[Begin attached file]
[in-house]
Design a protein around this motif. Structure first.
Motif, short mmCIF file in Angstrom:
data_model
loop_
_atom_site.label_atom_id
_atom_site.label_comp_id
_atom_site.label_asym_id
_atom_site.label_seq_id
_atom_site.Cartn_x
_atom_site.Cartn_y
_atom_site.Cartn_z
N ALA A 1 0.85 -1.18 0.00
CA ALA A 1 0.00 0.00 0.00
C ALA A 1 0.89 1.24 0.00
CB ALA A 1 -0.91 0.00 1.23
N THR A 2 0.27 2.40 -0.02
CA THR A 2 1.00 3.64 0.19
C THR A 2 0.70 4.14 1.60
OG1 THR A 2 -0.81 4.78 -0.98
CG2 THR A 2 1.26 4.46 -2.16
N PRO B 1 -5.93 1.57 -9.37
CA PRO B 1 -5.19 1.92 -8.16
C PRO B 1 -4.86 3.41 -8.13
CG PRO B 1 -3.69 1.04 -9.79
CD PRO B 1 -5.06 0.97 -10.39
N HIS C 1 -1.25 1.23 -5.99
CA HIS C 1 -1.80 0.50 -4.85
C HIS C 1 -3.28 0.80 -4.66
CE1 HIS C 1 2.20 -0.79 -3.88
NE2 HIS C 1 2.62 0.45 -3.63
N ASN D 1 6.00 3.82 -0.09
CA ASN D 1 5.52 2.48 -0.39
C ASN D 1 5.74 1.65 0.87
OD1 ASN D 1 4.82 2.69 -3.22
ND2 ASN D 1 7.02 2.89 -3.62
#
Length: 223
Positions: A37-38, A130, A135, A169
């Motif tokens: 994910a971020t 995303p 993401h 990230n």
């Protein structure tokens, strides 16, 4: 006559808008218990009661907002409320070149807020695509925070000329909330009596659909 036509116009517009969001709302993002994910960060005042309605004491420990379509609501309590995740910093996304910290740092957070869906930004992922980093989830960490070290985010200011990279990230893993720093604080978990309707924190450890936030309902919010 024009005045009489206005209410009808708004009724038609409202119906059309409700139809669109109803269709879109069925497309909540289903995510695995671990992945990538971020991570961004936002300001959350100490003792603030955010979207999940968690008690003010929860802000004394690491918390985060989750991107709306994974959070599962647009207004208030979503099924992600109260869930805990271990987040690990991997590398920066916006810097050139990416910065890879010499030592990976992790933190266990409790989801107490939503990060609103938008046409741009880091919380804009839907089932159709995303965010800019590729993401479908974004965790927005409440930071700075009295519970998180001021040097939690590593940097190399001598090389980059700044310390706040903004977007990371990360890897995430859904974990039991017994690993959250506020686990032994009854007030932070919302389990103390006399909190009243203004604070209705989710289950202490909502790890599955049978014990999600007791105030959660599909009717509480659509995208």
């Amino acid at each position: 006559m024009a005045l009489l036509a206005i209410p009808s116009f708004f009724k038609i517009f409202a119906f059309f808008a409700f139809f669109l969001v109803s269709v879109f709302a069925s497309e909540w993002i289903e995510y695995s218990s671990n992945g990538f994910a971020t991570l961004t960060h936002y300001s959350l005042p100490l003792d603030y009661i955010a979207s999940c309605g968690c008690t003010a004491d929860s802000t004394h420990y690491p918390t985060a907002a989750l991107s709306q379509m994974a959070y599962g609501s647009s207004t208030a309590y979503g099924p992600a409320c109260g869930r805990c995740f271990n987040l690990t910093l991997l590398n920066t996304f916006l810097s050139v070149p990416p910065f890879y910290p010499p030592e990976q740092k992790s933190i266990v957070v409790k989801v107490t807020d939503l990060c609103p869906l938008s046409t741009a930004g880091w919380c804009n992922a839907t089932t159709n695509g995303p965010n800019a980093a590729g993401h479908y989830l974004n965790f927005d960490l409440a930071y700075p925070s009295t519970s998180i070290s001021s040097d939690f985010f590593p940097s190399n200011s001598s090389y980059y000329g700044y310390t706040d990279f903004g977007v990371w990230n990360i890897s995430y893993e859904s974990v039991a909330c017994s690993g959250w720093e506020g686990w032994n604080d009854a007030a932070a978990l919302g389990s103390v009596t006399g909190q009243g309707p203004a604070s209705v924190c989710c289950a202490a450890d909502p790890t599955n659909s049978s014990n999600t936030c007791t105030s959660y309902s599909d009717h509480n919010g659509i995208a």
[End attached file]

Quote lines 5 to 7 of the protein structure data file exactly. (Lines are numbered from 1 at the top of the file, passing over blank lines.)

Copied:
loop_
_atom_site.label_atom_id
_atom_site.label_comp_id